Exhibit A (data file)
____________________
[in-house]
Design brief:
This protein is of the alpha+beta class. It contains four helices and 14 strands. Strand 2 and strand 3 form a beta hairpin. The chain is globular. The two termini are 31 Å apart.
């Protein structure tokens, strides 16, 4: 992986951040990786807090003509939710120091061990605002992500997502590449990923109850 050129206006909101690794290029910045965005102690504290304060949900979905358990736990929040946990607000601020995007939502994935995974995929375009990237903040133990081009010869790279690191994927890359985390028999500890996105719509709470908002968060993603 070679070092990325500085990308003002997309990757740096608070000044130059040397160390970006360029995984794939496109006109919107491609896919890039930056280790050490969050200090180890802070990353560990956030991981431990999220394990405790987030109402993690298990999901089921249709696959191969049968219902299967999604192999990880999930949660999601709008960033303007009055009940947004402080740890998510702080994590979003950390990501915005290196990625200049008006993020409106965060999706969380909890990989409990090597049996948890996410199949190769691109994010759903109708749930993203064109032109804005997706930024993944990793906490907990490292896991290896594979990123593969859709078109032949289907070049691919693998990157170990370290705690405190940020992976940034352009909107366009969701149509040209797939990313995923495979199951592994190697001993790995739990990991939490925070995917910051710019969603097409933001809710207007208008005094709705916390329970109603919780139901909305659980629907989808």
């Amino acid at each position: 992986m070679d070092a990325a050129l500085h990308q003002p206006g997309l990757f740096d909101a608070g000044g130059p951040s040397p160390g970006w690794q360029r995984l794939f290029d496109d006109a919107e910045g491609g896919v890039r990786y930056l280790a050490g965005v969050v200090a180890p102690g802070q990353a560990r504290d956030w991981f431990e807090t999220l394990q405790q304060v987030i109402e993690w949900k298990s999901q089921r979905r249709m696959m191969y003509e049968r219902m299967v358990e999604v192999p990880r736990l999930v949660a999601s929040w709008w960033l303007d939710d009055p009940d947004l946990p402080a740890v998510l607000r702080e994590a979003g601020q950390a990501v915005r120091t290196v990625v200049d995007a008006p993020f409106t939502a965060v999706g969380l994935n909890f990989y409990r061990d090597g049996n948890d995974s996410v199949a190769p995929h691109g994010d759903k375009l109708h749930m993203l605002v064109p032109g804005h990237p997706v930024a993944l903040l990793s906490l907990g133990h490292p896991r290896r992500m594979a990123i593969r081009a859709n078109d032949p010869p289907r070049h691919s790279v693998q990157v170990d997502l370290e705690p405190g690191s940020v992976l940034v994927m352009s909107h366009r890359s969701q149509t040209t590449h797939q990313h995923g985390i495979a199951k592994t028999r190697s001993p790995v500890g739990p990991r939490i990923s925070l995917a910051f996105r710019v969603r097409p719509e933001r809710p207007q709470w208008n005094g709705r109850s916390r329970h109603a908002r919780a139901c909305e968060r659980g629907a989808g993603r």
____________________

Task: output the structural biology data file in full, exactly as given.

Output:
[in-house]
Design brief:
This protein is of the alpha+beta class. It contains four helices and 14 strands. Strand 2 and strand 3 form a beta hairpin. The chain is globular. The two termini are 31 Å apart.
């Protein structure tokens, strides 16, 4: 992986951040990786807090003509939710120091061990605002992500997502590449990923109850 050129206006909101690794290029910045965005102690504290304060949900979905358990736990929040946990607000601020995007939502994935995974995929375009990237903040133990081009010869790279690191994927890359985390028999500890996105719509709470908002968060993603 070679070092990325500085990308003002997309990757740096608070000044130059040397160390970006360029995984794939496109006109919107491609896919890039930056280790050490969050200090180890802070990353560990956030991981431990999220394990405790987030109402993690298990999901089921249709696959191969049968219902299967999604192999990880999930949660999601709008960033303007009055009940947004402080740890998510702080994590979003950390990501915005290196990625200049008006993020409106965060999706969380909890990989409990090597049996948890996410199949190769691109994010759903109708749930993203064109032109804005997706930024993944990793906490907990490292896991290896594979990123593969859709078109032949289907070049691919693998990157170990370290705690405190940020992976940034352009909107366009969701149509040209797939990313995923495979199951592994190697001993790995739990990991939490925070995917910051710019969603097409933001809710207007208008005094709705916390329970109603919780139901909305659980629907989808």
């Amino acid at each position: 992986m070679d070092a990325a050129l500085h990308q003002p206006g997309l990757f740096d909101a608070g000044g130059p951040s040397p160390g970006w690794q360029r995984l794939f290029d496109d006109a919107e910045g491609g896919v890039r990786y930056l280790a050490g965005v969050v200090a180890p102690g802070q990353a560990r504290d956030w991981f431990e807090t999220l394990q405790q304060v987030i109402e993690w949900k298990s999901q089921r979905r249709m696959m191969y003509e049968r219902m299967v358990e999604v192999p990880r736990l999930v949660a999601s929040w709008w960033l303007d939710d009055p009940d947004l946990p402080a740890v998510l607000r702080e994590a979003g601020q950390a990501v915005r120091t290196v990625v200049d995007a008006p993020f409106t939502a965060v999706g969380l994935n909890f990989y409990r061990d090597g049996n948890d995974s996410v199949a190769p995929h691109g994010d759903k375009l109708h749930m993203l605002v064109p032109g804005h990237p997706v930024a993944l903040l990793s906490l907990g133990h490292p896991r290896r992500m594979a990123i593969r081009a859709n078109d032949p010869p289907r070049h691919s790279v693998q990157v170990d997502l370290e705690p405190g690191s940020v992976l940034v994927m352009s909107h366009r890359s969701q149509t040209t590449h797939q990313h995923g985390i495979a199951k592994t028999r190697s001993p790995v500890g739990p990991r939490i990923s925070l995917a910051f996105r710019v969603r097409p719509e933001r809710p207007q709470w208008n005094g709705r109850s916390r329970h109603a908002r919780a139901c909305e968060r659980g629907a989808g993603r």